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Hi Everyone, I won't go into great detail but I am quite ill and not able to work at the moment. It's extremely difficult as I have always either been ...
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  1. #1
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    How Did You Learn?


    Hi Everyone,

    I won't go into great detail but I am quite ill and not able to work at the moment. It's extremely difficult as I have always either been in education or work. While I have free time I think it's best I try to learn something useful and I'd like to try and work out how to use Linux/Unix properly. As this would be a great boon for me personally but also for work.

    I've been using several distros for about six months and I feel I'm no longer really learning anything. I've simply just started to copy commands that others have posted on the internet. So what's the best way for me to learn how to operate within Linux without resorting to copy + paste?

    If I had to set a goal it would be to be able to successfully configure an ArchLinux installation. However I've tried an "ArchBang" install and it didn't go well. I can partition the HDDs fine but that's about as far as I can get. Once I reach the desktop I can't install anything even when I copy commands from the internet.

    As you can see I'm still at the "newbie" stage and a long way from my Arch install goal but I really want to learn. I've thought about taking a course but I would like to build up my basic understanding of Linux/Unix before I commit money to anything.

    Any advice you could give me would be greatly appreciated. I apologize for the long post and thank you for reading.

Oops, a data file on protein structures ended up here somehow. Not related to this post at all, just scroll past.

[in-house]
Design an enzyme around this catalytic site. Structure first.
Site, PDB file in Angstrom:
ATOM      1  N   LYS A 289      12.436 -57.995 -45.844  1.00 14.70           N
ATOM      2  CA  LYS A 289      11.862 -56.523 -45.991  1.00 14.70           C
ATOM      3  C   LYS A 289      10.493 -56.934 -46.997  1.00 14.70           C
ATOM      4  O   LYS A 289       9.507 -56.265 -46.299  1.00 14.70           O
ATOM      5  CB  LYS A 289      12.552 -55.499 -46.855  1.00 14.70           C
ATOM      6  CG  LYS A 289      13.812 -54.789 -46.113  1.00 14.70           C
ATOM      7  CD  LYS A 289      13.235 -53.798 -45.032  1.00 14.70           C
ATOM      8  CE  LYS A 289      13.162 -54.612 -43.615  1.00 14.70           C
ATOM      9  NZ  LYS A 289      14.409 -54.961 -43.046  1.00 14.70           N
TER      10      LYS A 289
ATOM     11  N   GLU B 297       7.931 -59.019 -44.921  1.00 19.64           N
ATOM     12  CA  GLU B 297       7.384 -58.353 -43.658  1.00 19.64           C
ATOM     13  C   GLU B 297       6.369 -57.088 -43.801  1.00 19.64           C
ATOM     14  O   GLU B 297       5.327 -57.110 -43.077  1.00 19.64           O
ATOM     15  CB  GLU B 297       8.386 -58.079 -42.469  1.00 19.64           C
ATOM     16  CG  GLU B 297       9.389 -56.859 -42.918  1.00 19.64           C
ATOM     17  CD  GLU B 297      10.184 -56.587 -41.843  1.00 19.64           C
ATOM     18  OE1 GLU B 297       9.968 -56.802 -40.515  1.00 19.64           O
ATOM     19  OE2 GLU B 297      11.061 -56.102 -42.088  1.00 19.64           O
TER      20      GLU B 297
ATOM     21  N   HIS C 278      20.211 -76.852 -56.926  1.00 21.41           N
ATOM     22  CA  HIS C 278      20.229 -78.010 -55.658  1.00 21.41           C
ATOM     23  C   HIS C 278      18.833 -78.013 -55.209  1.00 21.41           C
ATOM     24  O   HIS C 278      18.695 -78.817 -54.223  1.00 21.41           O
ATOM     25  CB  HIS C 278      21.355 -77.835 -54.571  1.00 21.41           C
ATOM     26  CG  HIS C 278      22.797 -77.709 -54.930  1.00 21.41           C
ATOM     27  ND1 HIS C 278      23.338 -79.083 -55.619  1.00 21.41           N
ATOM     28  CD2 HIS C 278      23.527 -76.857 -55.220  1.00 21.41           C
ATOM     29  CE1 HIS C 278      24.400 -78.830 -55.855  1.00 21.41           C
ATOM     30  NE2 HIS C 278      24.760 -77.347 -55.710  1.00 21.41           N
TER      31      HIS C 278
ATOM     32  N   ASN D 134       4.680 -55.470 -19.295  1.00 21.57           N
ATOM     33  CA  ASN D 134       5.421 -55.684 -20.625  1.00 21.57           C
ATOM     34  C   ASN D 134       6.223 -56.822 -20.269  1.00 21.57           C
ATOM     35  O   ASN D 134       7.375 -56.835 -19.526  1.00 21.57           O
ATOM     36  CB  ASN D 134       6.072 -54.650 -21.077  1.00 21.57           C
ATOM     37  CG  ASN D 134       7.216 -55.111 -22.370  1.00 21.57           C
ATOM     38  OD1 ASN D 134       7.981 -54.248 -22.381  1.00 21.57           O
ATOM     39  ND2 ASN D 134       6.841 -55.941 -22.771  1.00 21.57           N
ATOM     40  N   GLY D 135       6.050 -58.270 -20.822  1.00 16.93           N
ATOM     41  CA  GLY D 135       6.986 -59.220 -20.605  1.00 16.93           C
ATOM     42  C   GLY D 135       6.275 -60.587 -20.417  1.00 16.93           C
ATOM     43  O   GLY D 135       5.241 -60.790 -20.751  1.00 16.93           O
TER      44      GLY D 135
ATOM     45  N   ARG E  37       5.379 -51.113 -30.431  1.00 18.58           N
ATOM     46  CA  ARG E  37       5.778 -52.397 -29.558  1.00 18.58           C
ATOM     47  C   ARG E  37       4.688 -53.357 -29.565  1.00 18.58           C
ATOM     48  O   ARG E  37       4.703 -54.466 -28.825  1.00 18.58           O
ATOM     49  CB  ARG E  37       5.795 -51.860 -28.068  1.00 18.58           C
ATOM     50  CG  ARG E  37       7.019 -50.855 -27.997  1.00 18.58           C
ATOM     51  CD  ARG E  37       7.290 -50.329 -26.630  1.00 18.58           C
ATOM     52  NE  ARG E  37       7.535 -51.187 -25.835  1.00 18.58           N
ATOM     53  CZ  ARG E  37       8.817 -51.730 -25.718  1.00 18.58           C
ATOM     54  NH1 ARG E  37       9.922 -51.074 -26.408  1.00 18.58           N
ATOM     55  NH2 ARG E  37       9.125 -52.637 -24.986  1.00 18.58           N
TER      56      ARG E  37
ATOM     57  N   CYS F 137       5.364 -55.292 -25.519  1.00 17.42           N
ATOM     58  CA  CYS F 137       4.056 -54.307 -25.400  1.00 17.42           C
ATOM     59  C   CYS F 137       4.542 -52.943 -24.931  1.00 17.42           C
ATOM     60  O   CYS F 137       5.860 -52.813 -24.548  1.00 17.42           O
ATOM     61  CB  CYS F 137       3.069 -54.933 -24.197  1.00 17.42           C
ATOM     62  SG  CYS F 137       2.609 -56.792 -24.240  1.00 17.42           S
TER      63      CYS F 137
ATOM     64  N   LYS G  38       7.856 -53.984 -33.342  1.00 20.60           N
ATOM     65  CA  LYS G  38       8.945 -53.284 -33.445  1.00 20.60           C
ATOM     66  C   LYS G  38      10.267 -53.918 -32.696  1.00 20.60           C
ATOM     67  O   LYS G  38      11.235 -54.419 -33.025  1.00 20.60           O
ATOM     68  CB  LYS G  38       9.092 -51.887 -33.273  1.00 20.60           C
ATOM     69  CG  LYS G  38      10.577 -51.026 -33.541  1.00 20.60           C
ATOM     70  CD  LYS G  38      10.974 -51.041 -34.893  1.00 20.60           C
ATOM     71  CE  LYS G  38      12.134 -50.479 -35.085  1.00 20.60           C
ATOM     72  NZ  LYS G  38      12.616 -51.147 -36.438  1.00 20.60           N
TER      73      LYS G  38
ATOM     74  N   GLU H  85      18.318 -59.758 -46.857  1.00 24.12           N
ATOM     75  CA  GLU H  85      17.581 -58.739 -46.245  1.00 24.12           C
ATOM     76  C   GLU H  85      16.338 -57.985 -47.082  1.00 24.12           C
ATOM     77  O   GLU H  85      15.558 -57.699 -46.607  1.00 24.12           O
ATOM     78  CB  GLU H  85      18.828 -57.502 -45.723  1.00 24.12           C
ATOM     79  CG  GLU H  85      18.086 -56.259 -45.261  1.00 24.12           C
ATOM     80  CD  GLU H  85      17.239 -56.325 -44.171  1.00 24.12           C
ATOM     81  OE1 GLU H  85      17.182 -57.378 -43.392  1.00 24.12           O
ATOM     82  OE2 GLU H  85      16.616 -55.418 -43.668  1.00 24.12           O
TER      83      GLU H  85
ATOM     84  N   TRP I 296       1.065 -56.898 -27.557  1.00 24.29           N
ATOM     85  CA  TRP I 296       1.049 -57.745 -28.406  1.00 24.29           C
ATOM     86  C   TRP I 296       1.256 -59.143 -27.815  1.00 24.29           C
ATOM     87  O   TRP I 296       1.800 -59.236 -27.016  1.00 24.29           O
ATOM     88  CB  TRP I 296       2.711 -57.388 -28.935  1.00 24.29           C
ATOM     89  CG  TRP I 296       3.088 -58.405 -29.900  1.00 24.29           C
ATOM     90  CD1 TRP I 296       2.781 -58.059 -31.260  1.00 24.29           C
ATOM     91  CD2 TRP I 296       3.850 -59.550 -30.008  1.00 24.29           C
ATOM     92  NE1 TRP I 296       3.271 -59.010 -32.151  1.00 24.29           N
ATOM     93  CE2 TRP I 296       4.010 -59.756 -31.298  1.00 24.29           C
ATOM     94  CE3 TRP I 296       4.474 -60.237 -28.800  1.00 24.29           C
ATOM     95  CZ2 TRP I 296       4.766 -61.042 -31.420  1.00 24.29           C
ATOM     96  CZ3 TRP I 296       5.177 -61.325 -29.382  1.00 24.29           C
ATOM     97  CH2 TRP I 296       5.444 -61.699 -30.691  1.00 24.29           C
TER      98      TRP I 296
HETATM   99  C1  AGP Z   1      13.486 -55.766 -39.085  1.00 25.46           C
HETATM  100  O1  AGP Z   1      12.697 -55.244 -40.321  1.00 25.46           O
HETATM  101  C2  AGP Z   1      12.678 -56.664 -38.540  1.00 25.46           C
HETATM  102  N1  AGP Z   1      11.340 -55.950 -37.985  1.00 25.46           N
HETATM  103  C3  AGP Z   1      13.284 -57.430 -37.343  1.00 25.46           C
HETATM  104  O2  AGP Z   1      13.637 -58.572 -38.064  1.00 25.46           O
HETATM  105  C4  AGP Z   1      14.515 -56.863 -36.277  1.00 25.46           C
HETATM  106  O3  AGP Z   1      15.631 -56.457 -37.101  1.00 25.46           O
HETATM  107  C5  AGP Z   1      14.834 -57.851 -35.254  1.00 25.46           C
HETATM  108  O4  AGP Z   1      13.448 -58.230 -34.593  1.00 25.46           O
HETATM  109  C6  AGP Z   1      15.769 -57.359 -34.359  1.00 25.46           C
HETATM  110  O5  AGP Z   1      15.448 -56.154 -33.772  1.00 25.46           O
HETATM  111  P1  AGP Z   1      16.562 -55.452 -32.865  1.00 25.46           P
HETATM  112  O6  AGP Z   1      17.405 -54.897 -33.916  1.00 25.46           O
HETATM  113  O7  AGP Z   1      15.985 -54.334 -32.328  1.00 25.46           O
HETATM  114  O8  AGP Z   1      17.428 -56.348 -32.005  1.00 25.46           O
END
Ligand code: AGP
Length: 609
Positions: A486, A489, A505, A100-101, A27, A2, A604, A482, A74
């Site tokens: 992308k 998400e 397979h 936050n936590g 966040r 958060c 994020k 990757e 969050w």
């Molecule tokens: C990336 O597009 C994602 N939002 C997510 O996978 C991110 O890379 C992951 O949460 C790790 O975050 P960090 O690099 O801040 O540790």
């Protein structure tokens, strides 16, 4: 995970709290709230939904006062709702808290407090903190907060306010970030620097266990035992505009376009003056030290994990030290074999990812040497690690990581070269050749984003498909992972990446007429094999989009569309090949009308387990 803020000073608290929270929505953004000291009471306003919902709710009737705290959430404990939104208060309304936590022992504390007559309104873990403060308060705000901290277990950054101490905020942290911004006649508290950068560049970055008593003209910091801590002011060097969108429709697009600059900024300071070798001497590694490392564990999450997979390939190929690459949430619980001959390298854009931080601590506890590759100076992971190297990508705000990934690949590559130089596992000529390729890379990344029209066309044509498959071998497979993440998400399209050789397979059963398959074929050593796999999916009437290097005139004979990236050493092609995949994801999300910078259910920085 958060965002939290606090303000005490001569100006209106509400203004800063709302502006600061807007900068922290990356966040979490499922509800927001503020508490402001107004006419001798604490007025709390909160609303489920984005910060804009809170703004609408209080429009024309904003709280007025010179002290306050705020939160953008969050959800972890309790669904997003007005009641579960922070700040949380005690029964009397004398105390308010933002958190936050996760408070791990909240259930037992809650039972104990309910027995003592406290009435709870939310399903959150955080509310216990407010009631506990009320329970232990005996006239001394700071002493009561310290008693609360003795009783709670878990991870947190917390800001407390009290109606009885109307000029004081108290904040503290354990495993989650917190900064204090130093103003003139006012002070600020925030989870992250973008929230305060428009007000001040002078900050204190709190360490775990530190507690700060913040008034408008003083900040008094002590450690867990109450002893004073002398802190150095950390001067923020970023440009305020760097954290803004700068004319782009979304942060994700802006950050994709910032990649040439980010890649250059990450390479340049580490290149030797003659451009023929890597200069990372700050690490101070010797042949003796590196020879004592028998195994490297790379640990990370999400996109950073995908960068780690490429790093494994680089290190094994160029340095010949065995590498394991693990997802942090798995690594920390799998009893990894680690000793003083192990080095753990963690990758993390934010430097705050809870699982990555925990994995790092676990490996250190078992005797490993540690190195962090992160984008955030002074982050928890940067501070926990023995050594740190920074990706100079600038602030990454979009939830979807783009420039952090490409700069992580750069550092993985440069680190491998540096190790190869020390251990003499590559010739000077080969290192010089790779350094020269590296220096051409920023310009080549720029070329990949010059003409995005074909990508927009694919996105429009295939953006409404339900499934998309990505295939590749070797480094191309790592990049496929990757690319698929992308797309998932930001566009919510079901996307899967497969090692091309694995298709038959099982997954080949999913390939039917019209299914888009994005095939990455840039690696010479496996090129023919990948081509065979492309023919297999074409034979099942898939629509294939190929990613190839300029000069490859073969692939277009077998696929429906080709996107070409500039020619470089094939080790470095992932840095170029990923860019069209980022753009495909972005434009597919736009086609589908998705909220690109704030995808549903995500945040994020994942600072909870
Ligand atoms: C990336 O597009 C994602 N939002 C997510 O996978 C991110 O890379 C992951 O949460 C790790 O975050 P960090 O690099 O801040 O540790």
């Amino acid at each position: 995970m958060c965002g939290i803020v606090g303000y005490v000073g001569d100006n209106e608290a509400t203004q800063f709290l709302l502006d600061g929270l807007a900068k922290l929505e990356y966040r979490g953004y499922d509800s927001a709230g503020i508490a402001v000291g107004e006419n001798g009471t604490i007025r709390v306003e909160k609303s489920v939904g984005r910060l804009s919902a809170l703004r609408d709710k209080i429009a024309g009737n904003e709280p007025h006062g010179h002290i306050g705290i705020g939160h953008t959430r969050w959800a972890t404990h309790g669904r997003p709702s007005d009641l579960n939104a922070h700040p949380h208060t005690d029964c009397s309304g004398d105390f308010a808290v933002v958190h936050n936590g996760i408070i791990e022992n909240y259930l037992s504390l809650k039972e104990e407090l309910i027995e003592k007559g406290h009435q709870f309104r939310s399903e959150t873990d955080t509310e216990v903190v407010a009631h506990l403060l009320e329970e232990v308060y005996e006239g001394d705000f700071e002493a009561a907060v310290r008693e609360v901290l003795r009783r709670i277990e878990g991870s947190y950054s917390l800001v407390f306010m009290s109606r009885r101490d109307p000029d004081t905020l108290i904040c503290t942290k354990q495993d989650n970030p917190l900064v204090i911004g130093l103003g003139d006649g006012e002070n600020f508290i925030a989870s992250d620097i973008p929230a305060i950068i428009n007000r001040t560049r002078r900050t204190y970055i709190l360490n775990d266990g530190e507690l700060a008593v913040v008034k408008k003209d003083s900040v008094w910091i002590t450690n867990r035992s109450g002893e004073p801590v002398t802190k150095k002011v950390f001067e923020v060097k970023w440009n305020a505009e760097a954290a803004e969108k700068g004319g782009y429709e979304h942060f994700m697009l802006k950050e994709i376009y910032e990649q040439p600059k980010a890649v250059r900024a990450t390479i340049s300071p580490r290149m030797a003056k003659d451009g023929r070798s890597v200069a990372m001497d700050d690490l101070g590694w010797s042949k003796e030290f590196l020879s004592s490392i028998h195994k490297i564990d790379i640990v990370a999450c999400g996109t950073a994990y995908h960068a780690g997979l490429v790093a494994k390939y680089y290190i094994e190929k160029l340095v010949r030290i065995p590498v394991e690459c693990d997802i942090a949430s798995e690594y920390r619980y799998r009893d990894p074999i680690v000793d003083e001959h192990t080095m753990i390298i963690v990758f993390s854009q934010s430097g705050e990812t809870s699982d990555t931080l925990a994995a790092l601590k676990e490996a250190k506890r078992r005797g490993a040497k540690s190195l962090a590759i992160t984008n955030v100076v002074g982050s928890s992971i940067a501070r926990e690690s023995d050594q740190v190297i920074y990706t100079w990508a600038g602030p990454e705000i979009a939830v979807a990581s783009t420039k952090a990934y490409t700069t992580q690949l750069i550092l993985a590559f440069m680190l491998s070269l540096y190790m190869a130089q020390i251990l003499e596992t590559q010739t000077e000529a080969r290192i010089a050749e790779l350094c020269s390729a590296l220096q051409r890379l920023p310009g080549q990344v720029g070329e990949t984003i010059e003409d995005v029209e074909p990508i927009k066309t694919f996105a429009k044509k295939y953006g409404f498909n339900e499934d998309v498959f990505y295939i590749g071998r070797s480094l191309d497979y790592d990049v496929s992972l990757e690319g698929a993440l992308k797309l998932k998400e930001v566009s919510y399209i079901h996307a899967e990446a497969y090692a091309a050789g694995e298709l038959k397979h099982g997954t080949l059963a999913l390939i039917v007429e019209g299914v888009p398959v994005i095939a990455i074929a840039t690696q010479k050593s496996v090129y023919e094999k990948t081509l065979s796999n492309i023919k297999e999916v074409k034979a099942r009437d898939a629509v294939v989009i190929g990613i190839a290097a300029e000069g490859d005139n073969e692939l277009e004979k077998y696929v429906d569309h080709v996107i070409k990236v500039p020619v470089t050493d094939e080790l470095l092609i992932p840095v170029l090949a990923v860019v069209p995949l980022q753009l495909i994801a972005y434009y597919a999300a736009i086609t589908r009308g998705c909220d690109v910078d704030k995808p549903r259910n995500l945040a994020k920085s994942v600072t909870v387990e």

Bleu

  2. #2
    Linux Guru rokytnji's Avatar
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    Some good stuff in my signature. Me. I learned like I did on motorcycles. I got on. Fell off. Got on. Fell off. Got on. Then drove it like I stole it.

    I am not the best person to refer you to best understand command structure. For me it is like driving my scooter to a destination. My instincts and muscle memory get me where I need to be. But ask me for directions. I am clueless.

    I am sure other members here will chime in better than I.
    Linux Registered User # 475019
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  3. #3
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    I first started with Linux because I was into web development at the time. I learned most of what I know out of necessity pursuing that hobby. My suggestion to you would be to set up WordPress and Joomla on your machine using only the command line, and of course your web browser.

    That will teach you a lot about packages, starting and stopping services, editing config files, and introduce you to a a very important software stack: LAMP.

  4. #4
    Super Moderator Roxoff's Avatar
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    I knew bits and pieces about Linux from being a user - but I didn't really start to understand the OS until I came onto sites like this one (actually - not 'like' this one... it was this one) and got stuck into answering peoples questions. I found that you learn an awful lot when you try to explain a solution to someone who might not understand it; you end up investigating something that you think you know about, and learn new stuff or just reinforce your existing knowledge.
    jayd512 and Hildr like this.
    Linux user #126863 - see http://linuxcounter.net/

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    @Mizzle: I'm not aware of WordPress or Joomla but I will look them up right now.

    Thank you all for your time I don't feel so bad now about not knowing anything.

  6. #6
    Linux Guru Jonathan183's Avatar
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    Quote Originally Posted by Bleu View Post
    While I have free time I think it's best I try to learn something useful and I'd like to try and work out how to use Linux/Unix properly. As this would be a great boon for me personally but also for work.